MRI-guided radiotherapy appears to lead to fewer side effects from treatment for prostate cancer
An interim analysis of an ongoing Phase III study from UCLA Jonsson Comprehensive Cancer Center indicates that using magnetic resonance imaging (MRI) to guide precisely-focused high-dose radiation treatment for prostate cancer reduced side effects associated with the treatment. The findings are being presented at the 2022 ASCO Genitourinary (GU) Cancers Symposium in San...
An interim analysis of an ongoing Phase III study from UCLA Jonsson Comprehensive Cancer Center indicates that using magnetic resonance imaging (MRI) to guide precisely-focused high-dose radiation treatment for prostate cancer reduced side effects associated with the treatment. The findings are being presented at the 2022 ASCO Genitourinary (GU) Cancers Symposium in San Francisco, California.
Advanced radiation techniques like high-dose stereotactic body radiotherapy (SBRT) offer the opportunity to deliver high radiation doses to tumors while sparing surrounding tissues. Clinicians often use computed tomography (CT) to help make sure the dose is delivered with precision. MRI offers several theoretical advantages over CT to guide SBRT for prostate cancer, including the ability to aggressively reduce planning margins needed for radiation due to enhanced imaging capabilities.
For the current study, men undergoing SBRT for localized prostate cancer were randomly assigned to either CT-guidance or MRI-guidance. Investigators planned to compare the groups to see how often men suffered serious side effects, called toxicities, over the next 90 days after treatment. The investigators believed they would need to enroll 300 patients to be able to detect a benefit to MRI-guidance, but had planned to analyze the data after 100 patients were treated in order to see if this hypothesis were true or if fewer patients might need to be enrolled.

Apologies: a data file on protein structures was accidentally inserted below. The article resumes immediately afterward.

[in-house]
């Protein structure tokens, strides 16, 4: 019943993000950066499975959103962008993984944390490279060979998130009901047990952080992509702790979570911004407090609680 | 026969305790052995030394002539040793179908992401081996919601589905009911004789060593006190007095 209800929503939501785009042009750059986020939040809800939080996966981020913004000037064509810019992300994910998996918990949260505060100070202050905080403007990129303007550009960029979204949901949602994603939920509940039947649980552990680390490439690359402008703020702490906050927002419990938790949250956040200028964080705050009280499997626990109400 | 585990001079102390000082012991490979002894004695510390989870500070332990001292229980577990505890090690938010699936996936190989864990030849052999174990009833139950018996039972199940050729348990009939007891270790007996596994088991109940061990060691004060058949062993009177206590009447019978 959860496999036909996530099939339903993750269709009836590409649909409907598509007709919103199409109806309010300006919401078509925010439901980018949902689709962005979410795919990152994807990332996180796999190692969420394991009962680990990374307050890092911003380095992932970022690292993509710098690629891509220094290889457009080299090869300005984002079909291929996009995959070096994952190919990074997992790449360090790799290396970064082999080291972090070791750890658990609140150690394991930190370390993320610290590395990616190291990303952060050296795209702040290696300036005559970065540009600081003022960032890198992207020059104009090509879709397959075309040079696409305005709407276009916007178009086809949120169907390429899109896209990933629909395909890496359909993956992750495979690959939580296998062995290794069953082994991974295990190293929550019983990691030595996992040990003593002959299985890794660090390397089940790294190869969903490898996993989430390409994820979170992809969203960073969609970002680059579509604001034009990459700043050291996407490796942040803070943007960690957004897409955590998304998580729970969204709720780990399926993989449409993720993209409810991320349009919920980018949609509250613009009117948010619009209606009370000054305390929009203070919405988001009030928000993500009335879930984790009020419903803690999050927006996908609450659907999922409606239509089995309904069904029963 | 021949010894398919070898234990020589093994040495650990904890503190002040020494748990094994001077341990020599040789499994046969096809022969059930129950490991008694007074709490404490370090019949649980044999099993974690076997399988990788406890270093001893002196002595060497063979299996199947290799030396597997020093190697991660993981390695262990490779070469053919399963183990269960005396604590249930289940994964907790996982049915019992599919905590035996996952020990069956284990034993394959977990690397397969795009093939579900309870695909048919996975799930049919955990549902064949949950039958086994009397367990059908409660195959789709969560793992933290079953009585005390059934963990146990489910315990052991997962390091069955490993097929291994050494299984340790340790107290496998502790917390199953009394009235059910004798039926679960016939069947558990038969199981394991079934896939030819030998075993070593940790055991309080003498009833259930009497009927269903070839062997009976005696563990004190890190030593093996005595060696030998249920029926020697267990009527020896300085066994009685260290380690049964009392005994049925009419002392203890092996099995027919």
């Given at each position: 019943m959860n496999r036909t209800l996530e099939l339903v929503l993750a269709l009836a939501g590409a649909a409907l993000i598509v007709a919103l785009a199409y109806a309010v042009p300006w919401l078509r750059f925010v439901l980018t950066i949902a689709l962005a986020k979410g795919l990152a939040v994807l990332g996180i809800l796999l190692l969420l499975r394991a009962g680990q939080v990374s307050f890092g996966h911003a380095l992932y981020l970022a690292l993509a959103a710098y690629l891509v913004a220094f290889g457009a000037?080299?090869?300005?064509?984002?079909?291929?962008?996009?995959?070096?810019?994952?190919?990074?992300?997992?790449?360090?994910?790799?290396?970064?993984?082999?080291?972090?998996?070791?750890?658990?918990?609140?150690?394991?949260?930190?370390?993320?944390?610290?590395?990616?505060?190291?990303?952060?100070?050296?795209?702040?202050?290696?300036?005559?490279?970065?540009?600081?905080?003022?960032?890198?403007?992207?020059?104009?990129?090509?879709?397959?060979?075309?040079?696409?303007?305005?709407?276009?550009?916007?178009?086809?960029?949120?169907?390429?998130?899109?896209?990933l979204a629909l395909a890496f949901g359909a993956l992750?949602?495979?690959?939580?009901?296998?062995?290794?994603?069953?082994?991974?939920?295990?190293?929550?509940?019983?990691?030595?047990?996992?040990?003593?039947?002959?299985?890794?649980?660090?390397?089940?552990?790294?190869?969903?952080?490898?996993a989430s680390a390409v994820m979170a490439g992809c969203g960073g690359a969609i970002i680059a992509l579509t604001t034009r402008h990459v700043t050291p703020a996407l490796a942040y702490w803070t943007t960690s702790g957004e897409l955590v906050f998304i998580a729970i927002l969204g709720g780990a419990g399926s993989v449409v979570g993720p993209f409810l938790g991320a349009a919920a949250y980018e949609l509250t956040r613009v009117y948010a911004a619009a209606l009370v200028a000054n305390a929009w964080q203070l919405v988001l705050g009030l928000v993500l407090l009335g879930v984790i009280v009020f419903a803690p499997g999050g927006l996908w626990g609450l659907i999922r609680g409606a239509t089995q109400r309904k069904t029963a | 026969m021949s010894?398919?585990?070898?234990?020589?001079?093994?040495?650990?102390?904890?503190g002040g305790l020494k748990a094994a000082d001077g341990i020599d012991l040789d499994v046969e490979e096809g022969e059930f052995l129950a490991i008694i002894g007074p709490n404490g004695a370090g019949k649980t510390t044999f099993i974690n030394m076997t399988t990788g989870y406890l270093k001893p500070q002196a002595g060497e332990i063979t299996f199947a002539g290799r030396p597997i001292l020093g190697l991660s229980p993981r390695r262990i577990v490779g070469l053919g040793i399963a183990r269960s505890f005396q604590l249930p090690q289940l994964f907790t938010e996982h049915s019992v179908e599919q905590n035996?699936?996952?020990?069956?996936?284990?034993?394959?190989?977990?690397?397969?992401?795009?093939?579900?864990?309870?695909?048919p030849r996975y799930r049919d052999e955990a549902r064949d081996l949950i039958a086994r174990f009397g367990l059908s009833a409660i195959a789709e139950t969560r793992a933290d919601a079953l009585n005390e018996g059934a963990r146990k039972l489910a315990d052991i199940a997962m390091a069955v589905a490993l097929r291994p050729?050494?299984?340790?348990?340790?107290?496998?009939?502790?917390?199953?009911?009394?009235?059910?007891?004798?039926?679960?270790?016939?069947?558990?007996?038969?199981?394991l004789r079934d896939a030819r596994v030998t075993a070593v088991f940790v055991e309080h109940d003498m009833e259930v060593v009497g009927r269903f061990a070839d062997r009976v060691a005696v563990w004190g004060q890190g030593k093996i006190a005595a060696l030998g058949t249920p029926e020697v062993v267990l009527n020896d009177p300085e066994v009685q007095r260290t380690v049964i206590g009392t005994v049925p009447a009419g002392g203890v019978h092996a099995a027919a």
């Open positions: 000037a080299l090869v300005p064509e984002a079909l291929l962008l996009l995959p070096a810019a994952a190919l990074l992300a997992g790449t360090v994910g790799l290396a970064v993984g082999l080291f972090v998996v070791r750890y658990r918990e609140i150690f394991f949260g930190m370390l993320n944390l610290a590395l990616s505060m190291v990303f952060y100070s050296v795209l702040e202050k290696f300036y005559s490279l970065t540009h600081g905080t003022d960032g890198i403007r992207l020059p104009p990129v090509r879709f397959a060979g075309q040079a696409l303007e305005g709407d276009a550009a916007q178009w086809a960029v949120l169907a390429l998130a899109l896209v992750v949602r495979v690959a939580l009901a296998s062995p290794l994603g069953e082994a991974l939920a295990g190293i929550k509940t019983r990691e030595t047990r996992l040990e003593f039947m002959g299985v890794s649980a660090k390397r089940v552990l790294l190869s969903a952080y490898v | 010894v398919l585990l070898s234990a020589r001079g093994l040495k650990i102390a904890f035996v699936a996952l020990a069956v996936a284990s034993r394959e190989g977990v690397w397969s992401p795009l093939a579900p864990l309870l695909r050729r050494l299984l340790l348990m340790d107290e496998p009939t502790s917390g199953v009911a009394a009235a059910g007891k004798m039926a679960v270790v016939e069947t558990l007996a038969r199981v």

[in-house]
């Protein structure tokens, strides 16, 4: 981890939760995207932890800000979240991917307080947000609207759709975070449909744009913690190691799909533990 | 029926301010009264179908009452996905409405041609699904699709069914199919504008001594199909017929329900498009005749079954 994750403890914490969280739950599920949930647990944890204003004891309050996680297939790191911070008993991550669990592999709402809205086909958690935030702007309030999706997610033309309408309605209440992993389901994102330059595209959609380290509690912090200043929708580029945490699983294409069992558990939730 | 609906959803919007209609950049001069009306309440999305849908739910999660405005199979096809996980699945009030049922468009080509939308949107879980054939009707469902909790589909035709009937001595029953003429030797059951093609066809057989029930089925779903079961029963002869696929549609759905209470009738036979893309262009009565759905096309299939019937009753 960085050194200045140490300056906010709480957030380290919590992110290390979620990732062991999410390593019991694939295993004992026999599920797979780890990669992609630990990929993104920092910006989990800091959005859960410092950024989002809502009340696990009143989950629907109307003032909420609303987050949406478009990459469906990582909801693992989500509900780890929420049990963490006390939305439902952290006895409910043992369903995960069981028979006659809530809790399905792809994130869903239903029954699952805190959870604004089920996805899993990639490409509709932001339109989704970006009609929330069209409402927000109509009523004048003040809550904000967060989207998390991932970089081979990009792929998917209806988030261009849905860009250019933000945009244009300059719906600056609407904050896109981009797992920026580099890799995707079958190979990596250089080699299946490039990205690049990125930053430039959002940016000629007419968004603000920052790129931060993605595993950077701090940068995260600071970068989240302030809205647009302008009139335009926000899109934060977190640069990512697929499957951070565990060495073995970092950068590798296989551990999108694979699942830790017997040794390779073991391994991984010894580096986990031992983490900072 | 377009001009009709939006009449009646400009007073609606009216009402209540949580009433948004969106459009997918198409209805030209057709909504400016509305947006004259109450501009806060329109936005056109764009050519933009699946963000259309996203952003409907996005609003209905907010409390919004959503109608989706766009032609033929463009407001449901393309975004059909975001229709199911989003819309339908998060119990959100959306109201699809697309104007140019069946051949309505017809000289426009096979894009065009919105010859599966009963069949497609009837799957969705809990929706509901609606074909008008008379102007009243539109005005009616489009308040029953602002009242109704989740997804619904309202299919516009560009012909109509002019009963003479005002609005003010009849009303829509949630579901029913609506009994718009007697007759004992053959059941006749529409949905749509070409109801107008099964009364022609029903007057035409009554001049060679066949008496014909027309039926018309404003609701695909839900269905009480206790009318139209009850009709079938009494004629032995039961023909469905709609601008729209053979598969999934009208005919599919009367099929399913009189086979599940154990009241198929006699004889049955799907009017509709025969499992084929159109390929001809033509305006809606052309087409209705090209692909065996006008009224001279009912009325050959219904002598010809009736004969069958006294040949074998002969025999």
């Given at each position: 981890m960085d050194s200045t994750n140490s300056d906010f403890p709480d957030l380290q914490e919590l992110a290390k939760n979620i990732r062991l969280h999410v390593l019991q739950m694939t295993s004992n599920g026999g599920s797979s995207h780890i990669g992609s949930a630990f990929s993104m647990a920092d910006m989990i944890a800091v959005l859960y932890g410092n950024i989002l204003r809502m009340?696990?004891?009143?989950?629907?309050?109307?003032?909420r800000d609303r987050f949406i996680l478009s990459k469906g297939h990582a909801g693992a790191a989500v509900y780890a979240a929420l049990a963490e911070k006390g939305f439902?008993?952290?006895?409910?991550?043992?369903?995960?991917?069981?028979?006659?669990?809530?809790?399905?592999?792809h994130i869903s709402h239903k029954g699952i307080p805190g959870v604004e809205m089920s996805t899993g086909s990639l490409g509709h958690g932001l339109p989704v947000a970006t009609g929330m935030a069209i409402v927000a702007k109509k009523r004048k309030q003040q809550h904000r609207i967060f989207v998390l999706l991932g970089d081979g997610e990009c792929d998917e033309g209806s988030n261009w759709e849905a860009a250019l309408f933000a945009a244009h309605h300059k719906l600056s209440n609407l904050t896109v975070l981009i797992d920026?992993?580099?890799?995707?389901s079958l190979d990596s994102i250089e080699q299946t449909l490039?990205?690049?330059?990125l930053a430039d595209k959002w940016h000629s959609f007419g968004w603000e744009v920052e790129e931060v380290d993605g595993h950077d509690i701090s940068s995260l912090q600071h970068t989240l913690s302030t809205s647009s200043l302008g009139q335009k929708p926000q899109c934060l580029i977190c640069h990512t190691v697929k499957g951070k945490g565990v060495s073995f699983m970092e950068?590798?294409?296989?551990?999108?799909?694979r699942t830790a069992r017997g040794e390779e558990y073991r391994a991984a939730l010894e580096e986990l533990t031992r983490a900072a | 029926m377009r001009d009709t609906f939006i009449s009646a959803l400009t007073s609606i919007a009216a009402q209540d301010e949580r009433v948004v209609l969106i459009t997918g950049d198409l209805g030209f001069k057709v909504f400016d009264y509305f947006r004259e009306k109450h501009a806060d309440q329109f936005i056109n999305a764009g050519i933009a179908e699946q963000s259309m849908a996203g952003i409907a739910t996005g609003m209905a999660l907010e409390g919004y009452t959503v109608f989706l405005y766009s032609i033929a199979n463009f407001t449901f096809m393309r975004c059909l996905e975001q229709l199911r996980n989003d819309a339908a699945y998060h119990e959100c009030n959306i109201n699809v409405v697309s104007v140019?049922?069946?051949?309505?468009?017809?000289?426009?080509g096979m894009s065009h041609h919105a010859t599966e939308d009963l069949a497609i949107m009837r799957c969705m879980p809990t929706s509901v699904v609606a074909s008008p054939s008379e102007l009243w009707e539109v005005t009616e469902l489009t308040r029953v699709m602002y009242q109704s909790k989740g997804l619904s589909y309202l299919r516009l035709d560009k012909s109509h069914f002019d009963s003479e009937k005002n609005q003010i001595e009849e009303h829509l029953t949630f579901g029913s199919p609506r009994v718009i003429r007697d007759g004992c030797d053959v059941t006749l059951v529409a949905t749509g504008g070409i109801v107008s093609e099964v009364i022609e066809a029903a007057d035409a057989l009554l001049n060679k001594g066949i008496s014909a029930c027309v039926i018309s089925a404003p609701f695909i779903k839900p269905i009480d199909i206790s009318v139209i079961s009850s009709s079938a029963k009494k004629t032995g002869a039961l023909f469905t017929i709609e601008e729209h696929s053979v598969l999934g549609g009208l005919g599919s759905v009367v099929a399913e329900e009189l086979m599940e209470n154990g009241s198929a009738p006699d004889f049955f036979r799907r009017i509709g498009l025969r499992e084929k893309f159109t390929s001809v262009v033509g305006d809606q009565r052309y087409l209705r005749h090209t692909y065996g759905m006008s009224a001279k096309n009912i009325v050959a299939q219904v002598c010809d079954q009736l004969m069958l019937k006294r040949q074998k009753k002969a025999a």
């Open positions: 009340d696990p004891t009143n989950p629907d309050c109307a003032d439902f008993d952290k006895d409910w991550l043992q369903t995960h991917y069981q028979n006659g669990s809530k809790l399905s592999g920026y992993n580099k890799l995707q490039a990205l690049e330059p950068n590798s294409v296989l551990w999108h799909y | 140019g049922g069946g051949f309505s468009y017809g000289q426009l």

In this analysis of the first 100 patients treated, the investigators found that men undergoing MRI-guidance were less than half as likely to experience Grade 2 genitourinary (GU) toxicity (22% vs 47%), like frequent urination, burning sensation while urinating, bloody urine, or urinary incontinence. And while a significant proportion of men who had CT-guidance suffered gastrointestinal (GI) toxicities, such as diarrhea, discharge, or rectal/abdominal pain to abdominal distention or obstruction, none of them men undergoing MRI-guidance did so (14% vs 0%).
"MRI-guidance offers a statistically significant reduction in acute grade GU as well as GI toxicity for prostate SBRT," said Dr. Amar Kishan, vice chair of clinical and translational research in the Departments of Radiation Oncology and Urology at UCLA Health Jonsson Comprehensive Cancer Center. "Because of the significant effect size we saw, we were able to cut our projected sample size in half. Thus, we finished enrolling on our trial in October 2021. Our final results are expected later this year, but we are extremely optimistic by what we're seeing, and hope this technology will soon begin to offer men undergoing radiotherapy for prostate cancer better outcomes."